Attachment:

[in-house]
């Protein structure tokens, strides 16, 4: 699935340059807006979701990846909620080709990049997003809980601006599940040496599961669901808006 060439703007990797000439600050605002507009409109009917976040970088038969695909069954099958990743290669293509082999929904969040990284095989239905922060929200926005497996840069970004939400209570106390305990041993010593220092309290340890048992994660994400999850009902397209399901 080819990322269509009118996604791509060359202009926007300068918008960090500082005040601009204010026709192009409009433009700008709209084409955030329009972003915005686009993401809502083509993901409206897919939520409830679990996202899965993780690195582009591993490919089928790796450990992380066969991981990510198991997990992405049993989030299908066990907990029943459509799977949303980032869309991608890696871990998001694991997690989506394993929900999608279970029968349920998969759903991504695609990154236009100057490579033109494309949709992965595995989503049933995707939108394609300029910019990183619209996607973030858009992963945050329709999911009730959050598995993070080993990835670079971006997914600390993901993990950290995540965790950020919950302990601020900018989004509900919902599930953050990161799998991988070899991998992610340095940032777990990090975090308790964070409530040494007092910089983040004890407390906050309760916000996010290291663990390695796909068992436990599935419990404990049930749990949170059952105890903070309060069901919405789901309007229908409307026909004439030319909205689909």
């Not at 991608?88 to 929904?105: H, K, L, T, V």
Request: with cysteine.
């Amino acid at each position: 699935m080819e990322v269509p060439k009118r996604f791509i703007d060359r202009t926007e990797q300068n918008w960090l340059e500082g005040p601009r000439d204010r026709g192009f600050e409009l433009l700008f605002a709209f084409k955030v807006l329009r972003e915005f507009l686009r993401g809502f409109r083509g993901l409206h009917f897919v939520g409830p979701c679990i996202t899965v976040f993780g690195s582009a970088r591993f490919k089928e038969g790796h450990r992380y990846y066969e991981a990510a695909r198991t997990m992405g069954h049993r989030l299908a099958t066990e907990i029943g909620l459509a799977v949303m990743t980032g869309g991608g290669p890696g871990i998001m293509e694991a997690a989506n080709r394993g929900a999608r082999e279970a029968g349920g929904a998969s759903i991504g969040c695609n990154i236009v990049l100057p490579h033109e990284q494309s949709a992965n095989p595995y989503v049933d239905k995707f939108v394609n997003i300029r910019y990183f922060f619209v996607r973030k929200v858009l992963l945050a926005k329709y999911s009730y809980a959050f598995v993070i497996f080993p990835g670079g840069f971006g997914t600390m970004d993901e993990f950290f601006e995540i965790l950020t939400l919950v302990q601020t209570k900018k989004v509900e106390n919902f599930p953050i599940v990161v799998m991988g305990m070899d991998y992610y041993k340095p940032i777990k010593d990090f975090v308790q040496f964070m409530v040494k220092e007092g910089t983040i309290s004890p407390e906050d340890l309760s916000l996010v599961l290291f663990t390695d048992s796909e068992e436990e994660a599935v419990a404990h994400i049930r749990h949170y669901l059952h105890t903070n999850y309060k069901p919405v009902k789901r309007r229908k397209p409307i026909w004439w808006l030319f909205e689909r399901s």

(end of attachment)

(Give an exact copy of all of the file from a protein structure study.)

[in-house]
């Protein structure tokens, strides 16, 4: 699935340059807006979701990846909620080709990049997003809980601006599940040496599961669901808006 060439703007990797000439600050605002507009409109009917976040970088038969695909069954099958990743290669293509082999929904969040990284095989239905922060929200926005497996840069970004939400209570106390305990041993010593220092309290340890048992994660994400999850009902397209399901 080819990322269509009118996604791509060359202009926007300068918008960090500082005040601009204010026709192009409009433009700008709209084409955030329009972003915005686009993401809502083509993901409206897919939520409830679990996202899965993780690195582009591993490919089928790796450990992380066969991981990510198991997990992405049993989030299908066990907990029943459509799977949303980032869309991608890696871990998001694991997690989506394993929900999608279970029968349920998969759903991504695609990154236009100057490579033109494309949709992965595995989503049933995707939108394609300029910019990183619209996607973030858009992963945050329709999911009730959050598995993070080993990835670079971006997914600390993901993990950290995540965790950020919950302990601020900018989004509900919902599930953050990161799998991988070899991998992610340095940032777990990090975090308790964070409530040494007092910089983040004890407390906050309760916000996010290291663990390695796909068992436990599935419990404990049930749990949170059952105890903070309060069901919405789901309007229908409307026909004439030319909205689909």
């Not at 991608?88 to 929904?105: H, K, L, T, V």
Request: with cysteine.
């Amino acid at each position: 699935m080819e990322v269509p060439k009118r996604f791509i703007d060359r202009t926007e990797q300068n918008w960090l340059e500082g005040p601009r000439d204010r026709g192009f600050e409009l433009l700008f605002a709209f084409k955030v807006l329009r972003e915005f507009l686009r993401g809502f409109r083509g993901l409206h009917f897919v939520g409830p979701c679990i996202t899965v976040f993780g690195s582009a970088r591993f490919k089928e038969g790796h450990r992380y990846y066969e991981a990510a695909r198991t997990m992405g069954h049993r989030l299908a099958t066990e907990i029943g909620l459509a799977v949303m990743t980032g869309g991608g290669p890696g871990i998001m293509e694991a997690a989506n080709r394993g929900a999608r082999e279970a029968g349920g929904a998969s759903i991504g969040c695609n990154i236009v990049l100057p490579h033109e990284q494309s949709a992965n095989p595995y989503v049933d239905k995707f939108v394609n997003i300029r910019y990183f922060f619209v996607r973030k929200v858009l992963l945050a926005k329709y999911s009730y809980a959050f598995v993070i497996f080993p990835g670079g840069f971006g997914t600390m970004d993901e993990f950290f601006e995540i965790l950020t939400l919950v302990q601020t209570k900018k989004v509900e106390n919902f599930p953050i599940v990161v799998m991988g305990m070899d991998y992610y041993k340095p940032i777990k010593d990090f975090v308790q040496f964070m409530v040494k220092e007092g910089t983040i309290s004890p407390e906050d340890l309760s916000l996010v599961l290291f663990t390695d048992s796909e068992e436990e994660a599935v419990a404990h994400i049930r749990h949170y669901l059952h105890t903070n999850y309060k069901p919405v009902k789901r309007r229908k397209p409307i026909w004439w808006l030319f909205e689909r399901s």